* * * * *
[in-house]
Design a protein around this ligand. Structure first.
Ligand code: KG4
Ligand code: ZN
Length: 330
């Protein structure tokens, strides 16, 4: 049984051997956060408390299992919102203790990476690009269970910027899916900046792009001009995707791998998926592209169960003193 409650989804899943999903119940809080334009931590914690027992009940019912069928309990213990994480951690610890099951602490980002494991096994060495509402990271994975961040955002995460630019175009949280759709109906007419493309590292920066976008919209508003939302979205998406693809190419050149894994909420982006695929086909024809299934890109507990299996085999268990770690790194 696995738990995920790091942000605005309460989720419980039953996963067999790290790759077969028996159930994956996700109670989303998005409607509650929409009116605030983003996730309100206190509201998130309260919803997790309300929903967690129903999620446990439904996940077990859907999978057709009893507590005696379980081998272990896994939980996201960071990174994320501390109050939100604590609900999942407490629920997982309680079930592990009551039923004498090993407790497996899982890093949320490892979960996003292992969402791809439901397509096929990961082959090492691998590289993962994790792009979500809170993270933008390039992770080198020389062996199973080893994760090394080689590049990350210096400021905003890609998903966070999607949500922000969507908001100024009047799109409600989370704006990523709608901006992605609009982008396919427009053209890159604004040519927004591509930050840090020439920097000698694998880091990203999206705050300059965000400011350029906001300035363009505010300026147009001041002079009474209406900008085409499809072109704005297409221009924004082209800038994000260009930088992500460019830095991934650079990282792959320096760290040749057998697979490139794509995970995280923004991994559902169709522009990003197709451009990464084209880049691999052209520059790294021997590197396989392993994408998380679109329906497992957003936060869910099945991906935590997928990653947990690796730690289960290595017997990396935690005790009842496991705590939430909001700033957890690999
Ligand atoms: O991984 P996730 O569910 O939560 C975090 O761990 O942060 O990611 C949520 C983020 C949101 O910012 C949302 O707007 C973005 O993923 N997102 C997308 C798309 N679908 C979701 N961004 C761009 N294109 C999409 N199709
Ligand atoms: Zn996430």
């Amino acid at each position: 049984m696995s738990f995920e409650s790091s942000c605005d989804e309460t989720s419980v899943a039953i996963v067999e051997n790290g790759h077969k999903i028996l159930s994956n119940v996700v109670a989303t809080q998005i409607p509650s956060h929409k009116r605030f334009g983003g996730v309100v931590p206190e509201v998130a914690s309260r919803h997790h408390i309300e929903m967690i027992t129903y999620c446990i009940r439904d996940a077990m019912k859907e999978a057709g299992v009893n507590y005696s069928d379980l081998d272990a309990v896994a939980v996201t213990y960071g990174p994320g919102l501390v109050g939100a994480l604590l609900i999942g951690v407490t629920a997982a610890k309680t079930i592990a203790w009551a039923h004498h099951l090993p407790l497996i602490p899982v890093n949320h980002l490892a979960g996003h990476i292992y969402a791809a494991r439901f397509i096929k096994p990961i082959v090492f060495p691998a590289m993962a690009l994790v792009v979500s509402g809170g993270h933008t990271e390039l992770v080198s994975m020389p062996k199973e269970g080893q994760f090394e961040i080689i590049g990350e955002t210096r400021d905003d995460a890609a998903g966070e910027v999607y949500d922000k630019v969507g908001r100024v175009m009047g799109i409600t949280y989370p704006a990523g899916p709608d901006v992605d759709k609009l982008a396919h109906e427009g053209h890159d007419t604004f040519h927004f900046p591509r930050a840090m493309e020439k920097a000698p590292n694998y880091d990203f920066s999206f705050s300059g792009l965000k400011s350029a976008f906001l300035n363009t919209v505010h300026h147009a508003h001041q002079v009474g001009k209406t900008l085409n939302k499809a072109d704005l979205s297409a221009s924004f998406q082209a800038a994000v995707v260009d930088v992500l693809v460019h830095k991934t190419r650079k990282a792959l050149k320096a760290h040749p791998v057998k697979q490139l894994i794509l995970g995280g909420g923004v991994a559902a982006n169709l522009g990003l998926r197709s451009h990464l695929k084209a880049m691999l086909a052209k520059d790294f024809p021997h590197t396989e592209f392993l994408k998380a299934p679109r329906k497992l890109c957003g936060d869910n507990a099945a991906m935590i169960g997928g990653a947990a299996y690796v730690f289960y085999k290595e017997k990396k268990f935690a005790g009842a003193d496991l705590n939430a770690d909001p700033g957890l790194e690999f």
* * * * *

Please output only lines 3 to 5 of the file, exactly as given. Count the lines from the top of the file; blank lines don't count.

Ligand code: KG4
Ligand code: ZN
Length: 330